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Estate Planning: Plan portability in a mobile world
Estate planning

Estate Planning: Plan portability in a mobile world

Q: Since people move around so much these days, how portable are estate plans?

A: You are right: people don’t stay in one place anymore. There was a time when most people died within 50 miles of where they were born. That is no longer the case. People move around a lot.

As you know, laws relating to wills and probate are not federal. Each state has its own sets of laws that address what is and is not a valid will. Each state also determines for itself which wills are admissible. Federal law does not determine what is a valid will.

With that in mind, the simple answer to your question is that estate plans are generally portable. Indiana has a statute that essentially states that a will that was validly executed and is admissible in another jurisdiction will be recognized in Indiana. Although I haven’t researched it, I suspect that other states have similar provisions.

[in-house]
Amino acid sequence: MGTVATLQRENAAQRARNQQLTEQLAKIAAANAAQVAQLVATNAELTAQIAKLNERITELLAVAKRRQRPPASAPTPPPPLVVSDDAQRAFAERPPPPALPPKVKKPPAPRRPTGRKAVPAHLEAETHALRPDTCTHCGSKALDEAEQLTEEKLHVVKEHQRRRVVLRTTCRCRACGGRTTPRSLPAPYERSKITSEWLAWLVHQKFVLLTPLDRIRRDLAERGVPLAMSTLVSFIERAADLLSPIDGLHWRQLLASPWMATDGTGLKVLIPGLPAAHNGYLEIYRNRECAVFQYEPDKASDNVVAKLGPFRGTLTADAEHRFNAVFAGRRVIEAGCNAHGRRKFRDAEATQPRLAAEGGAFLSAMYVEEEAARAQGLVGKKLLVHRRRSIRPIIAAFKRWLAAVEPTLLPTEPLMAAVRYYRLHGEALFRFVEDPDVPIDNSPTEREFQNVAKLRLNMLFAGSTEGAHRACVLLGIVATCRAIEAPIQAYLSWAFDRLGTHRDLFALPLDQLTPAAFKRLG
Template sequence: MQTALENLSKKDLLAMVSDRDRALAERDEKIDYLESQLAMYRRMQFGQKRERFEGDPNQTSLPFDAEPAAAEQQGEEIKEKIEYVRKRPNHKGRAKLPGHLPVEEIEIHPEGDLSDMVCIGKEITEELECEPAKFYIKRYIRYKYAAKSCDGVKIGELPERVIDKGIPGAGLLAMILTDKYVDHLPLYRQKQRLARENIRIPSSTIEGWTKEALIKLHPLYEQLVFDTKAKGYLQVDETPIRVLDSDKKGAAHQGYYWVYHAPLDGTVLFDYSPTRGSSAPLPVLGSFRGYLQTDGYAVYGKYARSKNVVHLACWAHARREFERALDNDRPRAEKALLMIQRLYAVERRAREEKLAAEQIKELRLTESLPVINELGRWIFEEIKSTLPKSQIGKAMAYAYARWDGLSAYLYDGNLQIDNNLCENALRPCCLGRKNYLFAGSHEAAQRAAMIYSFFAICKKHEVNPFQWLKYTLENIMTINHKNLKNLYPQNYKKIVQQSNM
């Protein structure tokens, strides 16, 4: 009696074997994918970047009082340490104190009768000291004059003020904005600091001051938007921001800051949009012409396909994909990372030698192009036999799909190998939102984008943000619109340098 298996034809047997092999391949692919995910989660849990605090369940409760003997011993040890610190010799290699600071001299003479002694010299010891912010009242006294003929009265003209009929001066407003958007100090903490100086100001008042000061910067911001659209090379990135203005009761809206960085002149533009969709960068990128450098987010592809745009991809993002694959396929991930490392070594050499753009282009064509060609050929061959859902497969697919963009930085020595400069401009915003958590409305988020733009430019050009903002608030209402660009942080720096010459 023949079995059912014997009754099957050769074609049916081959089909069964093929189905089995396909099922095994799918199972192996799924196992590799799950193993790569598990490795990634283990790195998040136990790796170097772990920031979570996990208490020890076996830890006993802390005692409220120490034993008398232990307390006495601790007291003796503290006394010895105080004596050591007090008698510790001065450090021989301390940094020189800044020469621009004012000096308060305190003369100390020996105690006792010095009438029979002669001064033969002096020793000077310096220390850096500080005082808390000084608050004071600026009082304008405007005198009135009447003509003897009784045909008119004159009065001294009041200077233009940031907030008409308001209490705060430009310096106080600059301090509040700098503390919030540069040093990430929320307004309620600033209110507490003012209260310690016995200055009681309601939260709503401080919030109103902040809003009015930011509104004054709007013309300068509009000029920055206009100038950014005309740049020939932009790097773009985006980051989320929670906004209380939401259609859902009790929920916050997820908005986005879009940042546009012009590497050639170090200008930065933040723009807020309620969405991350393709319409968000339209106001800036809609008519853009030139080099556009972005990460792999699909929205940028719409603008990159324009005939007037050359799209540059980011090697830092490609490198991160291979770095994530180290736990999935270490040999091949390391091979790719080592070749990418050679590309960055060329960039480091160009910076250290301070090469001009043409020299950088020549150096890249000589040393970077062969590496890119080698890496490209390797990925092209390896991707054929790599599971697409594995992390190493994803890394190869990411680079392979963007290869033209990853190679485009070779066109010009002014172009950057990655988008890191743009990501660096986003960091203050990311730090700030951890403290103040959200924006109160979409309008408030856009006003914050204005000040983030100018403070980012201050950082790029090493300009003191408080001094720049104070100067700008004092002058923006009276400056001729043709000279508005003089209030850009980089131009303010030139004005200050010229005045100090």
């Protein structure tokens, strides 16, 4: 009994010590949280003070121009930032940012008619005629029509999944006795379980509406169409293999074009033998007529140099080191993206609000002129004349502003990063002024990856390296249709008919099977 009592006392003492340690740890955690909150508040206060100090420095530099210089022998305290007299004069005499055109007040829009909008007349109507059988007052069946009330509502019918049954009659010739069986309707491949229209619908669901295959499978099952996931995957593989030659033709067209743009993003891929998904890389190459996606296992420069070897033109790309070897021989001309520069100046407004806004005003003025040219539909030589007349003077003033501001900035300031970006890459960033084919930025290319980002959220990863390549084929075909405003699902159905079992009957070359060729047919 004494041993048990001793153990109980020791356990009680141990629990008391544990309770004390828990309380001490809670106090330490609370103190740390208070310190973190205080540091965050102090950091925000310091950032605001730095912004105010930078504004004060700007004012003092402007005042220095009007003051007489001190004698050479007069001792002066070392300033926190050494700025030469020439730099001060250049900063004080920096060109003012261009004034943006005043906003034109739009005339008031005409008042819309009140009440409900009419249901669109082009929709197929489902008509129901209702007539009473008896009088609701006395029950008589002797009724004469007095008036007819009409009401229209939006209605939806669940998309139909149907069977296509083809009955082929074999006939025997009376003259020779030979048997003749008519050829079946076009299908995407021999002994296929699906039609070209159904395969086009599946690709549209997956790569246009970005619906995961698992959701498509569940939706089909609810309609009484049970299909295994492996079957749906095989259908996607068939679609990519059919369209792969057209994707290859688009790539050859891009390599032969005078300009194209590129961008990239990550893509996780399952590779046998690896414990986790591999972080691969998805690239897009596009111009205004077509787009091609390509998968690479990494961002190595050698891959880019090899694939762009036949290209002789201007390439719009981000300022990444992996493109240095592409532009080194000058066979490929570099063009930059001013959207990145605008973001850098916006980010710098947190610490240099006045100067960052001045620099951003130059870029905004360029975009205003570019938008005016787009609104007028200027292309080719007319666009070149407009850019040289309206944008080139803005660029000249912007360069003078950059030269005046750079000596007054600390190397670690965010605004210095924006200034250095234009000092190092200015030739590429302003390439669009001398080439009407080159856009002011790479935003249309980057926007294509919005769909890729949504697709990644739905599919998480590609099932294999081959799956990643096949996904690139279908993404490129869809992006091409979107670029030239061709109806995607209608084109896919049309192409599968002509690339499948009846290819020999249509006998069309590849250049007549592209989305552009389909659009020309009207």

However, although the plan may be valid in another state, that doesn’t mean that you shouldn’t have it looked at when you establish a new residency.

The will may be valid and admissible but it may still be missing something important. For example, the new state may have a death tax of some sort that should be addressed. If the will is silent on death taxes, there could be an ambiguity that could cause headaches. It’s unlikely to invalidate the will, but problems could result.

Also, some states are community property states. Community property is a whole different critter that could impact the testamentary provisions of the will.

If you have an Indiana trust, it likely states that it is subject to the laws of the State of Indiana. If you no longer reside in Indiana, you may wish to amend the trust to reflect that the laws of the new state control.

There are just a lot of little things that could impact the estate plan when moving. It’s always best to sit down with an attorney and have the plan reviewed to make sure it is valid and sufficient in the new state. Remember folks, it’s almost always easier to avoid a problem than to solve it later.

Happy 4th of July.

 

Christopher W. Yugo is an attorney in Crown Point. Chris’ Estate Planning Article appears online every Sunday at www.nwi.com. Address questions to Chris in care of The Times, 601 W. 45th Ave., Munster, IN 46321 or to Chrisyugolaw@gmail.com. Chris’ information is meant to be general in nature. Specific legal, tax, or insurance questions should be referred to your attorney, accountant, or estate-planning specialist.

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